Pinduoduo founder Colin Huang steps down from board to explore future growth
SHANGHAI, China, March 17, 2021 (GLOBE NEWSWIRE) -- Pinduoduo announced that its founder, Colin Huang, has stepped down from the board of directors effective today to pursue research in the food and life sciences, disciplines where breakthroughs could drive the future of China’s largest agriculture platform.
Huang was succeeded as Chairman by Chen Lei, who will also continue to serve as Chief Executive Officer. In a related move, Huang entrusted the Board to exercise his voting rights as a shareholder and pledged not to sell his shares for a further three years. The 1:10 voting rights attached to Huang’s shares have also been removed as he no longer has executive responsibilities at the company.
Huang is handing over the reins as Pinduoduo cements its position as the operator of the largest agriculture platform in China, serving more than 788.4 million users. The value of agriculture-related orders on Pinduoduo doubled to more than 270 billion yuan ($42 billion) last year as the pandemic pushed more consumers to buy more groceries online.
The two-step leadership transition began with Huang turning over the CEO role to Chen on July 1, 2020. Huang said then that he was stepping back from day-to-day management to work on the company’s long-term strategy and devote more time to fundamental research.
In a letter to shareholders published today, Huang said that now was the time to explore future growth drivers if the company wanted to ensure the same quality and pace of growth in 10 years.
He noted that while Pinduoduo has created greater income for farmers and savings for consumers by improving efficiencies in the supply chain and in the matching of supply and demand more efficiently, those contributions to agriculture lay mainly in downstream distribution and improving midstream supply chain efficiency.
“However, improved efficiency in distribution and sales still does not fundamentally add value to agricultural products, nor inherently improve our health significantly,” he wrote. “What can we do if we were to take a step further and go beyond efficiency improvements?”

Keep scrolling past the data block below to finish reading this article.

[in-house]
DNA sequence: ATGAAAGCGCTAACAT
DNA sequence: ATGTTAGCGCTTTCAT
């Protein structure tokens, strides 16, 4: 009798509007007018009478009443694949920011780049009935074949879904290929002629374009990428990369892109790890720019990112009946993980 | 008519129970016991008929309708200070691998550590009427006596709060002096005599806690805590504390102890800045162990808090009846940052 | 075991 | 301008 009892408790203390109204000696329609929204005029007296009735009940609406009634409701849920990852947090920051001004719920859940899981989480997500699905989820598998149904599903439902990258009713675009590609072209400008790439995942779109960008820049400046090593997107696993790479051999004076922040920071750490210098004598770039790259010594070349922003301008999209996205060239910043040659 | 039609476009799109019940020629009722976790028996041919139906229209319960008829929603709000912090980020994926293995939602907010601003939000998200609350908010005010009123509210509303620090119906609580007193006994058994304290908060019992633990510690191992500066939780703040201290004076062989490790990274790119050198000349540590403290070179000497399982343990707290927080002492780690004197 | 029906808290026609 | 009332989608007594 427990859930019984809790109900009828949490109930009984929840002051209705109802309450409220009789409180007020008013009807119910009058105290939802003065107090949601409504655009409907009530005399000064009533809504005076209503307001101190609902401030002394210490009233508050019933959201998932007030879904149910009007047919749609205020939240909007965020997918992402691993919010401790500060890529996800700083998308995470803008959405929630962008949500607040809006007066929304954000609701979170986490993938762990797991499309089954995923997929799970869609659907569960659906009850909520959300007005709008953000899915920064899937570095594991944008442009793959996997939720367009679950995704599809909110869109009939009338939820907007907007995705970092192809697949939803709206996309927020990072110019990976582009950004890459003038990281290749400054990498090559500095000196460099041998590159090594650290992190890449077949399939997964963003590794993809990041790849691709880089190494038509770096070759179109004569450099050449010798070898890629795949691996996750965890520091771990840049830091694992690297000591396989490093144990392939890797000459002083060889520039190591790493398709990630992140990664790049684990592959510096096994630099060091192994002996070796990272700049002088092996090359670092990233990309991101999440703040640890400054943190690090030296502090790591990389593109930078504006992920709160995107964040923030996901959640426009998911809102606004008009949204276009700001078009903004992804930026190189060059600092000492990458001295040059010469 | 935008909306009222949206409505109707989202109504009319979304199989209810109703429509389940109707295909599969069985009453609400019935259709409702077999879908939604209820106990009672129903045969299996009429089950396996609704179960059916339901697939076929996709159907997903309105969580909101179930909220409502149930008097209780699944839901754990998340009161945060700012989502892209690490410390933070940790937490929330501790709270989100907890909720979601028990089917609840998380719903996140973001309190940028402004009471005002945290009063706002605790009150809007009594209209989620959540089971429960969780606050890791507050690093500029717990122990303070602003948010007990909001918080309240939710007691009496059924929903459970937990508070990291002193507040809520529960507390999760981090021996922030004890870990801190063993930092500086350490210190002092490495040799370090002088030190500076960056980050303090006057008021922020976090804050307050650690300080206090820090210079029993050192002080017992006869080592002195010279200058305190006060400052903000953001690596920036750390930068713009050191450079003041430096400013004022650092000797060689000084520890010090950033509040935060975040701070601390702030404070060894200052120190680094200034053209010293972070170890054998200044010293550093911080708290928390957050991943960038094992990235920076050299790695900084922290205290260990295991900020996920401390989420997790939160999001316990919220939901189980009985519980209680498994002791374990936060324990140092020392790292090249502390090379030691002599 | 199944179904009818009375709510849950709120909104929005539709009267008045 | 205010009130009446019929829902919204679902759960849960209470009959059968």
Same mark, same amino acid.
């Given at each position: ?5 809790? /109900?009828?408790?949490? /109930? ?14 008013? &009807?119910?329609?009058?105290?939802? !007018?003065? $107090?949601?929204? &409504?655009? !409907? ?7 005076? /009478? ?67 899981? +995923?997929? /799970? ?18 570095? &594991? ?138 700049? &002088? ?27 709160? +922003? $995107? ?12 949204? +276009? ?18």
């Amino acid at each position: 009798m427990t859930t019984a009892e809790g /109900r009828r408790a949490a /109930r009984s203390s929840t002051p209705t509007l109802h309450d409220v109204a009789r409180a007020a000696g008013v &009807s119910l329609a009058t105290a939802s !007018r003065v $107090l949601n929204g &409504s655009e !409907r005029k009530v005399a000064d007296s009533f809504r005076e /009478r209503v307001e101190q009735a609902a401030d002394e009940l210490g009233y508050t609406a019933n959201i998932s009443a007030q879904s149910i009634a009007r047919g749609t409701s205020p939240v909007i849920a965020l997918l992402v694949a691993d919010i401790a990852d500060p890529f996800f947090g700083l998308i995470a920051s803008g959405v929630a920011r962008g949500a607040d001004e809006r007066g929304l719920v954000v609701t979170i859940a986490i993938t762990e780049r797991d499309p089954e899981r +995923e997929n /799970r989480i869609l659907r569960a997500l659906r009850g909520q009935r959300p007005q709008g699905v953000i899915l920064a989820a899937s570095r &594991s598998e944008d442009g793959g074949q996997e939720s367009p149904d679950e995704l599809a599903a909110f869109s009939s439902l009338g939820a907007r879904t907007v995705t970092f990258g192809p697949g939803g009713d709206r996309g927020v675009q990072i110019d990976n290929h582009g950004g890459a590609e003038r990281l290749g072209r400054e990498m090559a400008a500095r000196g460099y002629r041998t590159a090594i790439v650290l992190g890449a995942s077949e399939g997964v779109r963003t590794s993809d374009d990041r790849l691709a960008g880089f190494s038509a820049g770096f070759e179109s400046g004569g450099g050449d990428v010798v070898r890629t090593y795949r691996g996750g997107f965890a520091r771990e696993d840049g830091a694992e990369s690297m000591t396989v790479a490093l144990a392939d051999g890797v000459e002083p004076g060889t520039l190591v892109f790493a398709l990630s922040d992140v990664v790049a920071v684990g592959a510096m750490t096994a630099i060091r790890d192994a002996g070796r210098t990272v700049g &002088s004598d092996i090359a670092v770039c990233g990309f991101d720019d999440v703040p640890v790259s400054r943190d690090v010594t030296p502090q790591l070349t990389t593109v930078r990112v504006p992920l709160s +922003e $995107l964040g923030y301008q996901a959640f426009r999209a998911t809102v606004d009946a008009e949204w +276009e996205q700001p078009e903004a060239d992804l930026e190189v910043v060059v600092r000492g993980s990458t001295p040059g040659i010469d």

“As the founder of this company, I am probably the most suitable person to take on this task by stepping out of the business and the comfort zone to embark on a journey of exploration. It would be all the better if the journey is also aligned with my personal interests.”
Huang said that while the original plan was to step down as Chairman one year after handing over his CEO duties, several factors had prompted him to bring forward the transition by a few months.
First, in order for Pinduoduo to rise above competing through scale and efficiency, which had its “inevitable limitations,” the company must dive into deeper and more fundamental issues and seek answers from core technologies and the fundamental theories that underpin them.
Second, the pandemic had accelerated both external and internal changes, and it was time to let the new generation of leaders and managers that had emerged through the crisis take the reins and shape the company.
Comparing Pinduoduo to an elementary school pupil at the time of its 2018 IPO, Huang said that the company has “become a youth entering adolescence” in just three years.
“Observing its rapid transformation and growth, I’m both joyful and anxious. Pinduoduo will have its own growth journey regardless of whether I am nervous, excited, or frightened as its guardian,” he wrote. “I hope that my stepping down as Chairman of the Board will aid this young person into independent adulthood.”
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